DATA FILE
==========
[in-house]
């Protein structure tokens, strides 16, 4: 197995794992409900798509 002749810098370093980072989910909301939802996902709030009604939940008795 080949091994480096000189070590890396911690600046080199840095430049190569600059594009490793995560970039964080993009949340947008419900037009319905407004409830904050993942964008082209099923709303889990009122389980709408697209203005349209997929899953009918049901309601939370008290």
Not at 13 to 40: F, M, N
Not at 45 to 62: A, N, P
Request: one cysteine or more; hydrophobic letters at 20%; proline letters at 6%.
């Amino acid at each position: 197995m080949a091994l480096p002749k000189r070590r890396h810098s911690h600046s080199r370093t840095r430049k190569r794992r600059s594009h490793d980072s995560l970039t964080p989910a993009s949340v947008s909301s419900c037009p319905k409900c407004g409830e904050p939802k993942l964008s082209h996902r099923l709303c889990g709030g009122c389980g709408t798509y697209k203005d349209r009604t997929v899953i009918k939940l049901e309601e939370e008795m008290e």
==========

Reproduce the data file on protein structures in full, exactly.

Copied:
[in-house]
């Protein structure tokens, strides 16, 4: 197995794992409900798509 002749810098370093980072989910909301939802996902709030009604939940008795 080949091994480096000189070590890396911690600046080199840095430049190569600059594009490793995560970039964080993009949340947008419900037009319905407004409830904050993942964008082209099923709303889990009122389980709408697209203005349209997929899953009918049901309601939370008290």
Not at 13 to 40: F, M, N
Not at 45 to 62: A, N, P
Request: one cysteine or more; hydrophobic letters at 20%; proline letters at 6%.
């Amino acid at each position: 197995m080949a091994l480096p002749k000189r070590r890396h810098s911690h600046s080199r370093t840095r430049k190569r794992r600059s594009h490793d980072s995560l970039t964080p989910a993009s949340v947008s909301s419900c037009p319905k409900c407004g409830e904050p939802k993942l964008s082209h996902r099923l709303c889990g709030g009122c389980g709408t798509y697209k203005d349209r009604t997929v899953i009918k939940l049901e309601e939370e008795m008290e």